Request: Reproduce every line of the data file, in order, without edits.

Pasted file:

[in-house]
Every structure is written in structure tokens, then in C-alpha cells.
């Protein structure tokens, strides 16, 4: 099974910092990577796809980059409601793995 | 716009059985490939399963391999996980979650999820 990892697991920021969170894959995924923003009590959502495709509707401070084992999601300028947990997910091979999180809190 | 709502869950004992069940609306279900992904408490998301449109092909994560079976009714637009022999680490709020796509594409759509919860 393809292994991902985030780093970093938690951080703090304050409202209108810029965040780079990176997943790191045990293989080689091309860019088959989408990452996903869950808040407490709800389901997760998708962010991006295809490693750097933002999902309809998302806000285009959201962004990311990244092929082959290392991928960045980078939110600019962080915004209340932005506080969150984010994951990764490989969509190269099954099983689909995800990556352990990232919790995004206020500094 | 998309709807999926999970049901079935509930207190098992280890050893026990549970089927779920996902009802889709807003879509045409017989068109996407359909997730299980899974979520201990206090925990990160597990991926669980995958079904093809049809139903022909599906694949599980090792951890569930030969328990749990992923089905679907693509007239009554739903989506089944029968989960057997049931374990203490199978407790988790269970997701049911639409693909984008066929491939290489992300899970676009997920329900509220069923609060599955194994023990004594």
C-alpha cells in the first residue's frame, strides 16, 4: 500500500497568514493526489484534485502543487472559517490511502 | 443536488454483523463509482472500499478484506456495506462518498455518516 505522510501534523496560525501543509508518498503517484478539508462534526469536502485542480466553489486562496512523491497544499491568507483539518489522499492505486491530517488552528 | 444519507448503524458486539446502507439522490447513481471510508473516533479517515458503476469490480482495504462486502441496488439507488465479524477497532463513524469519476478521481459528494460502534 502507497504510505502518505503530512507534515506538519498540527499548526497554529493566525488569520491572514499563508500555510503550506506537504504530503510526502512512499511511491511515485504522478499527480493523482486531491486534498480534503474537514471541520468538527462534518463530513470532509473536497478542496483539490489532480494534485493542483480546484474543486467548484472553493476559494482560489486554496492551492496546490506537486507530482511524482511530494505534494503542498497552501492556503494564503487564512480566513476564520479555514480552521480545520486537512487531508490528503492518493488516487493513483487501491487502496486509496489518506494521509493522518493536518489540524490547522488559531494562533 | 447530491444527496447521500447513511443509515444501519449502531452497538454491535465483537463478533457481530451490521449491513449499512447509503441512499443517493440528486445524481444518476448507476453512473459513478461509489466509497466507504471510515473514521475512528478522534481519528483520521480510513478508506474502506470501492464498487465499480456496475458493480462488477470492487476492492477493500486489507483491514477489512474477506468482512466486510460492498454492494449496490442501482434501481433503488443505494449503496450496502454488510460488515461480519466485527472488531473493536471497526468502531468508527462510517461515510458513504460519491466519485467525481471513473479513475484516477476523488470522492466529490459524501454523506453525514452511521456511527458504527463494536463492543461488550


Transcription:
[in-house]
Every structure is written in structure tokens, then in C-alpha cells.
């Protein structure tokens, strides 16, 4: 099974910092990577796809980059409601793995 | 716009059985490939399963391999996980979650999820 990892697991920021969170894959995924923003009590959502495709509707401070084992999601300028947990997910091979999180809190 | 709502869950004992069940609306279900992904408490998301449109092909994560079976009714637009022999680490709020796509594409759509919860 393809292994991902985030780093970093938690951080703090304050409202209108810029965040780079990176997943790191045990293989080689091309860019088959989408990452996903869950808040407490709800389901997760998708962010991006295809490693750097933002999902309809998302806000285009959201962004990311990244092929082959290392991928960045980078939110600019962080915004209340932005506080969150984010994951990764490989969509190269099954099983689909995800990556352990990232919790995004206020500094 | 998309709807999926999970049901079935509930207190098992280890050893026990549970089927779920996902009802889709807003879509045409017989068109996407359909997730299980899974979520201990206090925990990160597990991926669980995958079904093809049809139903022909599906694949599980090792951890569930030969328990749990992923089905679907693509007239009554739903989506089944029968989960057997049931374990203490199978407790988790269970997701049911639409693909984008066929491939290489992300899970676009997920329900509220069923609060599955194994023990004594």
C-alpha cells in the first residue's frame, strides 16, 4: 500500500497568514493526489484534485502543487472559517490511502 | 443536488454483523463509482472500499478484506456495506462518498455518516 505522510501534523496560525501543509508518498503517484478539508462534526469536502485542480466553489486562496512523491497544499491568507483539518489522499492505486491530517488552528 | 444519507448503524458486539446502507439522490447513481471510508473516533479517515458503476469490480482495504462486502441496488439507488465479524477497532463513524469519476478521481459528494460502534 502507497504510505502518505503530512507534515506538519498540527499548526497554529493566525488569520491572514499563508500555510503550506506537504504530503510526502512512499511511491511515485504522478499527480493523482486531491486534498480534503474537514471541520468538527462534518463530513470532509473536497478542496483539490489532480494534485493542483480546484474543486467548484472553493476559494482560489486554496492551492496546490506537486507530482511524482511530494505534494503542498497552501492556503494564503487564512480566513476564520479555514480552521480545520486537512487531508490528503492518493488516487493513483487501491487502496486509496489518506494521509493522518493536518489540524490547522488559531494562533 | 447530491444527496447521500447513511443509515444501519449502531452497538454491535465483537463478533457481530451490521449491513449499512447509503441512499443517493440528486445524481444518476448507476453512473459513478461509489466509497466507504471510515473514521475512528478522534481519528483520521480510513478508506474502506470501492464498487465499480456496475458493480462488477470492487476492492477493500486489507483491514477489512474477506468482512466486510460492498454492494449496490442501482434501481433503488443505494449503496450496502454488510460488515461480519466485527472488531473493536471497526468502531468508527462510517461515510458513504460519491466519485467525481471513473479513475484516477476523488470522492466529490459524501454523506453525514452511521456511527458504527463494536463492543461488550